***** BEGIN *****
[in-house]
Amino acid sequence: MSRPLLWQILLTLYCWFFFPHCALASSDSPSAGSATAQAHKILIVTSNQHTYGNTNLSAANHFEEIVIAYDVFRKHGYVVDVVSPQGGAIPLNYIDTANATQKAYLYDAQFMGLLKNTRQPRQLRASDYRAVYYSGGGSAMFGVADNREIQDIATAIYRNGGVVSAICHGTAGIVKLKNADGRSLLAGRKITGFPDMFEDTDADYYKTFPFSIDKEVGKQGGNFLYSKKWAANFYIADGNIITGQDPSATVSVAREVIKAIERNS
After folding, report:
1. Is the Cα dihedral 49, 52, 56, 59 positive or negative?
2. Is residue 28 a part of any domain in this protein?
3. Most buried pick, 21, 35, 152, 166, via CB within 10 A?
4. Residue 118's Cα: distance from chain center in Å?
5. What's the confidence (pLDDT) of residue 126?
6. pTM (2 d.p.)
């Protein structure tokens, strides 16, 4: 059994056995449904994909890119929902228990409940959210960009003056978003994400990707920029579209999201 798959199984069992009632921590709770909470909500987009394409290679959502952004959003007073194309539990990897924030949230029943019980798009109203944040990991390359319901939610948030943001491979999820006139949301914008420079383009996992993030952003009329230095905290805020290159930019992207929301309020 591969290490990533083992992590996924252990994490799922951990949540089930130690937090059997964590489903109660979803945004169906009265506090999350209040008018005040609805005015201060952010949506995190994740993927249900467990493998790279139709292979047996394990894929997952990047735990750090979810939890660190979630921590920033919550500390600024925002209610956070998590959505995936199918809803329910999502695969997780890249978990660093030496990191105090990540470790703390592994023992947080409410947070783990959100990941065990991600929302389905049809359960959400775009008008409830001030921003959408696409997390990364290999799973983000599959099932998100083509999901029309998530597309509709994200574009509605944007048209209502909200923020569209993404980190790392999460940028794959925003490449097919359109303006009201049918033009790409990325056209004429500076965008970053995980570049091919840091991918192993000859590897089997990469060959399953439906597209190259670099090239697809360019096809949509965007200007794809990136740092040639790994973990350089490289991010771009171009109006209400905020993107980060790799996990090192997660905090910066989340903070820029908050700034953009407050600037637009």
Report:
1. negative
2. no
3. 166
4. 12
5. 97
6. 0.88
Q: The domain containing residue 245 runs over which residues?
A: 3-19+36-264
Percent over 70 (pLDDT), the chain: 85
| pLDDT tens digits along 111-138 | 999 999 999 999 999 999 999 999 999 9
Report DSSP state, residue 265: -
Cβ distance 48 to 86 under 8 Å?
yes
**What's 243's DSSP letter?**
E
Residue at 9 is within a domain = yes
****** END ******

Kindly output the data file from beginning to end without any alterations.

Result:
[in-house]
Amino acid sequence: MSRPLLWQILLTLYCWFFFPHCALASSDSPSAGSATAQAHKILIVTSNQHTYGNTNLSAANHFEEIVIAYDVFRKHGYVVDVVSPQGGAIPLNYIDTANATQKAYLYDAQFMGLLKNTRQPRQLRASDYRAVYYSGGGSAMFGVADNREIQDIATAIYRNGGVVSAICHGTAGIVKLKNADGRSLLAGRKITGFPDMFEDTDADYYKTFPFSIDKEVGKQGGNFLYSKKWAANFYIADGNIITGQDPSATVSVAREVIKAIERNS
After folding, report:
1. Is the Cα dihedral 49, 52, 56, 59 positive or negative?
2. Is residue 28 a part of any domain in this protein?
3. Most buried pick, 21, 35, 152, 166, via CB within 10 A?
4. Residue 118's Cα: distance from chain center in Å?
5. What's the confidence (pLDDT) of residue 126?
6. pTM (2 d.p.)
């Protein structure tokens, strides 16, 4: 059994056995449904994909890119929902228990409940959210960009003056978003994400990707920029579209999201 798959199984069992009632921590709770909470909500987009394409290679959502952004959003007073194309539990990897924030949230029943019980798009109203944040990991390359319901939610948030943001491979999820006139949301914008420079383009996992993030952003009329230095905290805020290159930019992207929301309020 591969290490990533083992992590996924252990994490799922951990949540089930130690937090059997964590489903109660979803945004169906009265506090999350209040008018005040609805005015201060952010949506995190994740993927249900467990493998790279139709292979047996394990894929997952990047735990750090979810939890660190979630921590920033919550500390600024925002209610956070998590959505995936199918809803329910999502695969997780890249978990660093030496990191105090990540470790703390592994023992947080409410947070783990959100990941065990991600929302389905049809359960959400775009008008409830001030921003959408696409997390990364290999799973983000599959099932998100083509999901029309998530597309509709994200574009509605944007048209209502909200923020569209993404980190790392999460940028794959925003490449097919359109303006009201049918033009790409990325056209004429500076965008970053995980570049091919840091991918192993000859590897089997990469060959399953439906597209190259670099090239697809360019096809949509965007200007794809990136740092040639790994973990350089490289991010771009171009109006209400905020993107980060790799996990090192997660905090910066989340903070820029908050700034953009407050600037637009």
Report:
1. negative
2. no
3. 166
4. 12
5. 97
6. 0.88
Q: The domain containing residue 245 runs over which residues?
A: 3-19+36-264
Percent over 70 (pLDDT), the chain: 85
| pLDDT tens digits along 111-138 | 999 999 999 999 999 999 999 999 999 9
Report DSSP state, residue 265: -
Cβ distance 48 to 86 under 8 Å?
yes
**What's 243's DSSP letter?**
E
Residue at 9 is within a domain = yes